Results from an expanded access study of sunitinib confirm the safety and efficacy of the medication as a treatment for metastatic renal cell carcinoma (mRCC) and show that even poorer-risk patients can benefit.

Investigators led by Martin Gore, MD, of Royal Marsden Hospital NHS Trust in London, U.K., conducted the open-label trial in 52 countries where the drug had not yet received regulatory approval. The trial enrolled 4,572 patients with mRCC who were ineligible to participate in sunitinib clinical trials but had the potential to benefit. All patients received oral sunitinib at a starting dose of 50 mg/day for four weeks, followed by two weeks off treatment in repeated six-week cycles.

Overall median progression-free survival (PFS) was 9.5 months and median overall survival (OS) was 18.7 months, consistent with previous other mRCC trials. Sixty-five patients (2%) achieved a complete response and 603 (18%) had a partial response to the drug. In addition another 1,911 patients (56%) had stable disease for three months or longer.

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Researchers presented findings in a poster at the European Multidisciplinary Cancer Congress in Stockholm.

Efficacy was maintained regardless of previous cytokine treatment status as well as in patients aged 65 years or older. Furthermore, patients in poorer-risk subgroups (ECOG performance status 2 or higher, non-clear cell histology, brain metastasis) still derived benefit but with reduced PFS and OS.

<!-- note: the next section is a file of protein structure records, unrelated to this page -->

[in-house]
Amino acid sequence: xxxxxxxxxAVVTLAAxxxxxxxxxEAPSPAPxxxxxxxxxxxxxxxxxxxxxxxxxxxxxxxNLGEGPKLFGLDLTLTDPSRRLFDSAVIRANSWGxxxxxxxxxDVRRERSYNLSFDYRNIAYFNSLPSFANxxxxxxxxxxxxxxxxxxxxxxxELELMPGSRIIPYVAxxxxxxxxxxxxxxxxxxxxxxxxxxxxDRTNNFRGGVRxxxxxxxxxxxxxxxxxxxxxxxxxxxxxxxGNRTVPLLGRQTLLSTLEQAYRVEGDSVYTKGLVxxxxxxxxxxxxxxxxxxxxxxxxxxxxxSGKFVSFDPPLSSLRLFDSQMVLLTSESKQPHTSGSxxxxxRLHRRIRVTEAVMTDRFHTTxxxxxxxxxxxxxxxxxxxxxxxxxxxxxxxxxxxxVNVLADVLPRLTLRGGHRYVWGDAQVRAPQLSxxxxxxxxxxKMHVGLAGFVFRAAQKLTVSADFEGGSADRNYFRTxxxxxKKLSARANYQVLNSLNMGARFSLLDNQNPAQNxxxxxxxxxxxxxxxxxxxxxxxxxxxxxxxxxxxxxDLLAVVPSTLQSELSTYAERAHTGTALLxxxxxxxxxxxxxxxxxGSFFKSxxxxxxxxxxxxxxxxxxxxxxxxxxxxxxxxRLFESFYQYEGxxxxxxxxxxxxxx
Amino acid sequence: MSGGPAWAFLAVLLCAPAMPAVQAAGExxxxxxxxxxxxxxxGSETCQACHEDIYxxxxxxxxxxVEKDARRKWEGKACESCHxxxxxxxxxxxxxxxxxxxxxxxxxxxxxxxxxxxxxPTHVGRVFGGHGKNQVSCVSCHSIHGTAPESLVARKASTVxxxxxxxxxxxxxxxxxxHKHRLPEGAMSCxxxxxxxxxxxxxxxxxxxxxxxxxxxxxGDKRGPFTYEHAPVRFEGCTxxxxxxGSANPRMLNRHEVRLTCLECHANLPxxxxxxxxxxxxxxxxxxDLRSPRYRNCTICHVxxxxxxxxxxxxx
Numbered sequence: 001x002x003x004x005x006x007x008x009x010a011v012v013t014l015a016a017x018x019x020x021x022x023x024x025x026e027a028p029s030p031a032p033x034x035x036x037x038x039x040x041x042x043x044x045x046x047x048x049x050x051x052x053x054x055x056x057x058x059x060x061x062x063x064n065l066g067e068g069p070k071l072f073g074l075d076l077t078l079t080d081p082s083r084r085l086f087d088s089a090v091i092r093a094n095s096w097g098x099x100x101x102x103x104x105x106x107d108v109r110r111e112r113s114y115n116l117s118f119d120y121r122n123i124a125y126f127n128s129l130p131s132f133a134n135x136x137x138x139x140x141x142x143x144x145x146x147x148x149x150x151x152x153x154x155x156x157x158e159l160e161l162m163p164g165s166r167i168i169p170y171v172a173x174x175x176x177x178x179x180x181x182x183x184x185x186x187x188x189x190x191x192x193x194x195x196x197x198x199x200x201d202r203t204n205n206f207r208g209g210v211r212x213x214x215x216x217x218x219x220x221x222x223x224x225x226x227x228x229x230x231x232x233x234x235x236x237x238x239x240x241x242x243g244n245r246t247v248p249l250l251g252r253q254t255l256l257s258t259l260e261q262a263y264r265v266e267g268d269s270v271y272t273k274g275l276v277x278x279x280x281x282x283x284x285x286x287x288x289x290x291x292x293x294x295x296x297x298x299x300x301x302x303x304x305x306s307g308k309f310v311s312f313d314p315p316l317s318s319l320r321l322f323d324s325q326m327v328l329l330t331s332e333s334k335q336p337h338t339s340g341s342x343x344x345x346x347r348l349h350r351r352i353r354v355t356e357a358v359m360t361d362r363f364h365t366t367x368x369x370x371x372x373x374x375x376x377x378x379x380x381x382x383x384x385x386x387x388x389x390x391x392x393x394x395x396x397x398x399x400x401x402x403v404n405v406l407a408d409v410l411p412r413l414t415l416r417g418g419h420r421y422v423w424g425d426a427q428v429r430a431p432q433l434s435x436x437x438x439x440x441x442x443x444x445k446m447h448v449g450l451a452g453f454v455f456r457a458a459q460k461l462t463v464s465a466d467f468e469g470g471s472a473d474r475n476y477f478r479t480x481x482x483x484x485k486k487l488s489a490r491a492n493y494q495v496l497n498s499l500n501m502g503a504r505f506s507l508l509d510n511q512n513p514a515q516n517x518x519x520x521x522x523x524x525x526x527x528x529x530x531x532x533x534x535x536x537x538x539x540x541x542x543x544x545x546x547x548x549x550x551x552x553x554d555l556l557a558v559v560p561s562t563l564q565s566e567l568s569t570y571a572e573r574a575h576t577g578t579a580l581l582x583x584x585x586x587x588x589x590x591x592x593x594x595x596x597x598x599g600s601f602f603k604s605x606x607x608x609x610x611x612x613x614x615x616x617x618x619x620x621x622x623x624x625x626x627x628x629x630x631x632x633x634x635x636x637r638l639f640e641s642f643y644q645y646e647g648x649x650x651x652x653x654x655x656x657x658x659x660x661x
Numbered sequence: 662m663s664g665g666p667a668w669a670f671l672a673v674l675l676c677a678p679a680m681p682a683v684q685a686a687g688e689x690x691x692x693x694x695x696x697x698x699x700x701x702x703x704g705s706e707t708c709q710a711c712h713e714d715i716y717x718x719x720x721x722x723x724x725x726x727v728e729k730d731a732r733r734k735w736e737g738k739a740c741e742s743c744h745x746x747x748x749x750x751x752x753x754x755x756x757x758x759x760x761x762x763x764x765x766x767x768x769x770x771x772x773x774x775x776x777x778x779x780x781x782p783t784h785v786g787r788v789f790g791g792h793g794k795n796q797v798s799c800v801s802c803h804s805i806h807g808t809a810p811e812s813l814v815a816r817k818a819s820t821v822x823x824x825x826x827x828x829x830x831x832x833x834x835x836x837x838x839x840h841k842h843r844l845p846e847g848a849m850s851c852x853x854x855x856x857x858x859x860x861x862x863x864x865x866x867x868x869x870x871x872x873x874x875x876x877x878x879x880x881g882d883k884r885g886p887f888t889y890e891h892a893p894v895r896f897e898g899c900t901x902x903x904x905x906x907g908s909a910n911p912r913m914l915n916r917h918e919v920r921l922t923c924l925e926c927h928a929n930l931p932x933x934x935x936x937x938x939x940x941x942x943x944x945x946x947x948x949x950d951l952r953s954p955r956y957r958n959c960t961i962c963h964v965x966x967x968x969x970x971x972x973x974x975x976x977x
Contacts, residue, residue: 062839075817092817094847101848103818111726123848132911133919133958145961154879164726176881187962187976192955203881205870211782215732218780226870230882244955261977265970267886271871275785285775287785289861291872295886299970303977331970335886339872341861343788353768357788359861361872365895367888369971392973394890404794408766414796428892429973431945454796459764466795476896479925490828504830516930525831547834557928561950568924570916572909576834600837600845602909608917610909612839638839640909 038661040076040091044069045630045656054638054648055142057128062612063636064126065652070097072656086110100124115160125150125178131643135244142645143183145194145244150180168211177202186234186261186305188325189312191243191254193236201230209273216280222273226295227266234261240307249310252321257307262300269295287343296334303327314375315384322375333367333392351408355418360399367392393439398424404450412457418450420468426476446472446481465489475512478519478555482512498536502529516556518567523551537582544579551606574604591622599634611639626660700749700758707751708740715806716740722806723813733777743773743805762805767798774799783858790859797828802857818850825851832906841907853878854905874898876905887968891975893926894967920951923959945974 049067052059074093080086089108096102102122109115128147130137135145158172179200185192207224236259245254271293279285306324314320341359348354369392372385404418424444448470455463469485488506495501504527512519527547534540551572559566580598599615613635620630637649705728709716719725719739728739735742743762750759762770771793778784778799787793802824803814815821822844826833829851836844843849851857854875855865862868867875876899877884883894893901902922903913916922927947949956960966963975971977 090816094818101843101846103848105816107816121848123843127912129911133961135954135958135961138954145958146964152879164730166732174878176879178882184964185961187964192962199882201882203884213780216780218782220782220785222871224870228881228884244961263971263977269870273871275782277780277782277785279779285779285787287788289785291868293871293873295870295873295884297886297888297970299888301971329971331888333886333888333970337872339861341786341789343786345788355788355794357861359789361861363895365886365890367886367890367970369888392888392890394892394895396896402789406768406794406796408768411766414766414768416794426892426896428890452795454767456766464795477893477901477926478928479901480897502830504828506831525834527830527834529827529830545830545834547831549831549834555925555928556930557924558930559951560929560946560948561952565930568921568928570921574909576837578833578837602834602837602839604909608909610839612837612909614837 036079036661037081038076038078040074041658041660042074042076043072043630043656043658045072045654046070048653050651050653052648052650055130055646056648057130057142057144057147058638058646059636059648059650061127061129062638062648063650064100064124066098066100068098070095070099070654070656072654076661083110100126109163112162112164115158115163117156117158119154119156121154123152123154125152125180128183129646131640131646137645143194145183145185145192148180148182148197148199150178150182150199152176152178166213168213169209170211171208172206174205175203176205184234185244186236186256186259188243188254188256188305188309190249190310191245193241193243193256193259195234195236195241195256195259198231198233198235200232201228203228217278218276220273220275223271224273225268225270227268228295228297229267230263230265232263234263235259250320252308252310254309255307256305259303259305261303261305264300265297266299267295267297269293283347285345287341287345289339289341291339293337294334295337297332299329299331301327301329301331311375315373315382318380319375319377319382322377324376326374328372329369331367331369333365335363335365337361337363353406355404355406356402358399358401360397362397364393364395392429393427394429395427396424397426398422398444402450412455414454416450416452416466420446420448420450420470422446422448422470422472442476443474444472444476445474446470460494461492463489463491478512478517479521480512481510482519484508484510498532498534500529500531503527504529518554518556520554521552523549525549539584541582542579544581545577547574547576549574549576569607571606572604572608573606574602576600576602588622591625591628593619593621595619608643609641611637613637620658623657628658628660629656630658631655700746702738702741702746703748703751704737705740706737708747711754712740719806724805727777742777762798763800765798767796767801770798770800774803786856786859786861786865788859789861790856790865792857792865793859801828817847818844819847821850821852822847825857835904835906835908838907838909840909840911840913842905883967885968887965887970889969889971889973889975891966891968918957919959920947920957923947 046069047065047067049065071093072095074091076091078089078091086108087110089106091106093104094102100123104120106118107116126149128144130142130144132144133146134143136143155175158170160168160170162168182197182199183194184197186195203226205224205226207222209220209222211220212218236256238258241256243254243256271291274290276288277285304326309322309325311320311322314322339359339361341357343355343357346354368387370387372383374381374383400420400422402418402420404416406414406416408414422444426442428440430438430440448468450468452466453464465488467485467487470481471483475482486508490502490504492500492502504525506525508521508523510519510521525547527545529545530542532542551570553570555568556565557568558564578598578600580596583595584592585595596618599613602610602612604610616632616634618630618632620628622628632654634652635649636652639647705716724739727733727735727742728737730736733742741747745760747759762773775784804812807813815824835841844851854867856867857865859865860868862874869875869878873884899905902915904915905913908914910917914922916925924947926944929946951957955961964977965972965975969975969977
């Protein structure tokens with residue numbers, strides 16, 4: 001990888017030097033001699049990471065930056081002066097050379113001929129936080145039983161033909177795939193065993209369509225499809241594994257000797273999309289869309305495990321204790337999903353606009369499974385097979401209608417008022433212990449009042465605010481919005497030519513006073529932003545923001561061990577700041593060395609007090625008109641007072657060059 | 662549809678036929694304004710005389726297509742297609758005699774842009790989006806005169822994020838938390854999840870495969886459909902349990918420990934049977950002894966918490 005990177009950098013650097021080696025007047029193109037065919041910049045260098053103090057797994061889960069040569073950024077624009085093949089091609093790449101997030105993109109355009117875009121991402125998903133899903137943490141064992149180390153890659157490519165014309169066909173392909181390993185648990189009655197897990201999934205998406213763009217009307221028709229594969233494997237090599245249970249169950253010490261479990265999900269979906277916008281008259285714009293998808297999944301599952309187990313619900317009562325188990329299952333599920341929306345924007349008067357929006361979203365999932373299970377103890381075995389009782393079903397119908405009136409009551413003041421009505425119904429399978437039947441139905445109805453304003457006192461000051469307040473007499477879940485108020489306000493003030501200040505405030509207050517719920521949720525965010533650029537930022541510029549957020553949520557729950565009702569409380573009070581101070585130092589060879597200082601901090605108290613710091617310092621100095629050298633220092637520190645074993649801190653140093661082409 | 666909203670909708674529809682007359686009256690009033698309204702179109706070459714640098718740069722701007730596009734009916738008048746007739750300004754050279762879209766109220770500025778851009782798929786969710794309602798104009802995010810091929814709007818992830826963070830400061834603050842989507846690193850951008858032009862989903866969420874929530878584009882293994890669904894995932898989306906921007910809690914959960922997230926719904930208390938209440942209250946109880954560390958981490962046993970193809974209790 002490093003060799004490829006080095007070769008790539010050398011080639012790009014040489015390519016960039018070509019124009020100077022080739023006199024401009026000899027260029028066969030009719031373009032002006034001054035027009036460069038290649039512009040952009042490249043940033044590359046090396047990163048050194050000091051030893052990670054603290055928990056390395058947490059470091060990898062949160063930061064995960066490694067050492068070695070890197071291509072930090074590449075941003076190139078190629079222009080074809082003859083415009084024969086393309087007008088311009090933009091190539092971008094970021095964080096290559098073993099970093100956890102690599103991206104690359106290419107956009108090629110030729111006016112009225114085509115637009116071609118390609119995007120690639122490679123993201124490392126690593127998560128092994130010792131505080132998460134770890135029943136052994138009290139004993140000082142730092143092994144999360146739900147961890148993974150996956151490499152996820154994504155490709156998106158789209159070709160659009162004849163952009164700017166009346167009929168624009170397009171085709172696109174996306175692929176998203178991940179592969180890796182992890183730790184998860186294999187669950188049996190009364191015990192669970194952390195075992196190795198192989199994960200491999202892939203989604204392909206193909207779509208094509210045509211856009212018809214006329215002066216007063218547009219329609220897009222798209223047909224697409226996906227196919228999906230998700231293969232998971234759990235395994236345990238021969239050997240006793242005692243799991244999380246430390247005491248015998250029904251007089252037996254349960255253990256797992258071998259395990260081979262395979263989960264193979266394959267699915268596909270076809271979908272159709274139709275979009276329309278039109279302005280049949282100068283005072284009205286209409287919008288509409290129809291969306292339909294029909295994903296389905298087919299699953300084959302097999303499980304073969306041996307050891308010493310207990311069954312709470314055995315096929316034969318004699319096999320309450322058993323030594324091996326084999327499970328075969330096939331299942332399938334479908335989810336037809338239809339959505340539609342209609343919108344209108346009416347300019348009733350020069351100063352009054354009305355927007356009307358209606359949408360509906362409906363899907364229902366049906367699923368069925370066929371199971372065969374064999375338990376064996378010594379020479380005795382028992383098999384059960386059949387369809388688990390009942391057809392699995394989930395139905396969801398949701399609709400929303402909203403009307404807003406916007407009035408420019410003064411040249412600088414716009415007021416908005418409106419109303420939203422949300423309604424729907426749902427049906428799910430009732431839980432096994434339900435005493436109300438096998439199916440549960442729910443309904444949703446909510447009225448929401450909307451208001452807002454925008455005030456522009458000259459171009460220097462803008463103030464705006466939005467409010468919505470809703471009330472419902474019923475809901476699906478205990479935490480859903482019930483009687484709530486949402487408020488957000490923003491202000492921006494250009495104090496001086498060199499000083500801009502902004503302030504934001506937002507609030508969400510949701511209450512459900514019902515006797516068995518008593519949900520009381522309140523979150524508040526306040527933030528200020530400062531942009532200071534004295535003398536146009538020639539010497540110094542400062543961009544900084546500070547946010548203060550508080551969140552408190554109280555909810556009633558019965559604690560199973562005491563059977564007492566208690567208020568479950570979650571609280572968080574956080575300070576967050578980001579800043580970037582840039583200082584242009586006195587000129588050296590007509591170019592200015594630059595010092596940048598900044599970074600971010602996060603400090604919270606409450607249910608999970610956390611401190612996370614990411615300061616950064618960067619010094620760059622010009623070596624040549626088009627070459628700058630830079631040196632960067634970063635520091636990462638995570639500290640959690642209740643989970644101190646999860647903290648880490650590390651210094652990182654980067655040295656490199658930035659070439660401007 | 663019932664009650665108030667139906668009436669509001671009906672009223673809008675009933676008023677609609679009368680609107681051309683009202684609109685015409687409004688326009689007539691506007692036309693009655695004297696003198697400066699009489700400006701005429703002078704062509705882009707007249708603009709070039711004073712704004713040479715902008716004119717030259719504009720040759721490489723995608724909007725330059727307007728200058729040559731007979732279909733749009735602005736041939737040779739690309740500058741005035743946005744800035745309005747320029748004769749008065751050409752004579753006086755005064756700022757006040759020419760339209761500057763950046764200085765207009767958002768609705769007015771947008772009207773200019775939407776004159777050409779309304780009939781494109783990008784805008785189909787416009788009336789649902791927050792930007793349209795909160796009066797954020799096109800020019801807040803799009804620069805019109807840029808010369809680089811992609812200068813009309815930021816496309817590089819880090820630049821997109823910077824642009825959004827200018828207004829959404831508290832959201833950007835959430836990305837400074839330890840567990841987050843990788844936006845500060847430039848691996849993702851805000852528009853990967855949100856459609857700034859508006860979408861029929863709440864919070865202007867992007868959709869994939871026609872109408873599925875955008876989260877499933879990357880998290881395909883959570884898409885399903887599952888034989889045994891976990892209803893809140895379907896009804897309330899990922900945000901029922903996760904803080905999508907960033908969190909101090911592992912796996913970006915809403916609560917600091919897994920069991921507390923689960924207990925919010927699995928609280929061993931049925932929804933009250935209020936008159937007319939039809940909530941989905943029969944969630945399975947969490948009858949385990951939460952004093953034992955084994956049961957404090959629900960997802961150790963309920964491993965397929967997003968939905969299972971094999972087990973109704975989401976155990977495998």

The sunitinib adverse event (AE) profile was manageable and consistent with previous trials. The most common non-hematologic treatment-related AE’s of any grade were diarrhea, fatigue, and nausea (which occurred in 47%, 40%, and 36% of patients, respectively), and the most common hematologic AE of any grade was thrombocytopenia, which occurred in 23% of patients.

The most common treatment-related grade 3/4 AE’s were fatigue, thrombocytopenia, hand-foot syndrome, asthenia, hypertension, and neutropenia, which occurred in 9%, 8%, 7%, 7%,6%, and 6% of patients, respectively.

In the pivotal phase 3 trial that enrolled 750 patients, sunitinib (which is made by Pfizer and marketed under the name Sutent) demonstrated a median OS of 26.4 months compared with 21.8 months with interferon-alpha in the first-line treatment of advanced RCC, a difference that was not statistically significant. In an exploratory analysis of patients who received protocol therapy only, the OS with sunitinib was 28.1 months versus 14.1 months with interferon-alpha, a difference that was statistically significant. Sunitinib is the first treatment to show a median OS of more than two years in the first-line treatment of advanced RCC.